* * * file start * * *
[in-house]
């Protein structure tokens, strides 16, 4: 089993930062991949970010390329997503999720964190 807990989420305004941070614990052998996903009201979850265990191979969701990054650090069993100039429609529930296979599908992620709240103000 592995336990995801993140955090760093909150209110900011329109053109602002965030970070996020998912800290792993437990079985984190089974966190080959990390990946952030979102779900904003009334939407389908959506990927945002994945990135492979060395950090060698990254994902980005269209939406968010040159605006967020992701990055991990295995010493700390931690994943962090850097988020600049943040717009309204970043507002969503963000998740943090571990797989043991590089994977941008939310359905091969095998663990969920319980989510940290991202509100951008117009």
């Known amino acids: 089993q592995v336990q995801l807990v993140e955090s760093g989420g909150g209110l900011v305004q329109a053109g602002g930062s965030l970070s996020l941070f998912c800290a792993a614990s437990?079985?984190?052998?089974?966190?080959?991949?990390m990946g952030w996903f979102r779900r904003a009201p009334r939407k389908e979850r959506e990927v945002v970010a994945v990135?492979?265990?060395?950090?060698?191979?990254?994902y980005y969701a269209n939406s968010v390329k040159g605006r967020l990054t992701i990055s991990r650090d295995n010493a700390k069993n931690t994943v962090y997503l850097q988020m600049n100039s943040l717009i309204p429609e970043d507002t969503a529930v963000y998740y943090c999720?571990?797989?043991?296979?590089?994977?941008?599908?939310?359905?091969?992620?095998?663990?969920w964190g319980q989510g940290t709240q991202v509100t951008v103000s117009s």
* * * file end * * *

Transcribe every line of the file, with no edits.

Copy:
[in-house]
């Protein structure tokens, strides 16, 4: 089993930062991949970010390329997503999720964190 807990989420305004941070614990052998996903009201979850265990191979969701990054650090069993100039429609529930296979599908992620709240103000 592995336990995801993140955090760093909150209110900011329109053109602002965030970070996020998912800290792993437990079985984190089974966190080959990390990946952030979102779900904003009334939407389908959506990927945002994945990135492979060395950090060698990254994902980005269209939406968010040159605006967020992701990055991990295995010493700390931690994943962090850097988020600049943040717009309204970043507002969503963000998740943090571990797989043991590089994977941008939310359905091969095998663990969920319980989510940290991202509100951008117009």
């Known amino acids: 089993q592995v336990q995801l807990v993140e955090s760093g989420g909150g209110l900011v305004q329109a053109g602002g930062s965030l970070s996020l941070f998912c800290a792993a614990s437990?079985?984190?052998?089974?966190?080959?991949?990390m990946g952030w996903f979102r779900r904003a009201p009334r939407k389908e979850r959506e990927v945002v970010a994945v990135?492979?265990?060395?950090?060698?191979?990254?994902y980005y969701a269209n939406s968010v390329k040159g605006r967020l990054t992701i990055s991990r650090d295995n010493a700390k069993n931690t994943v962090y997503l850097q988020m600049n100039s943040l717009i309204p429609e970043d507002t969503a529930v963000y998740y943090c999720?571990?797989?043991?296979?590089?994977?941008?599908?939310?359905?091969?992620?095998?663990?969920w964190g319980q989510g940290t709240q991202v509100t951008v103000s117009s």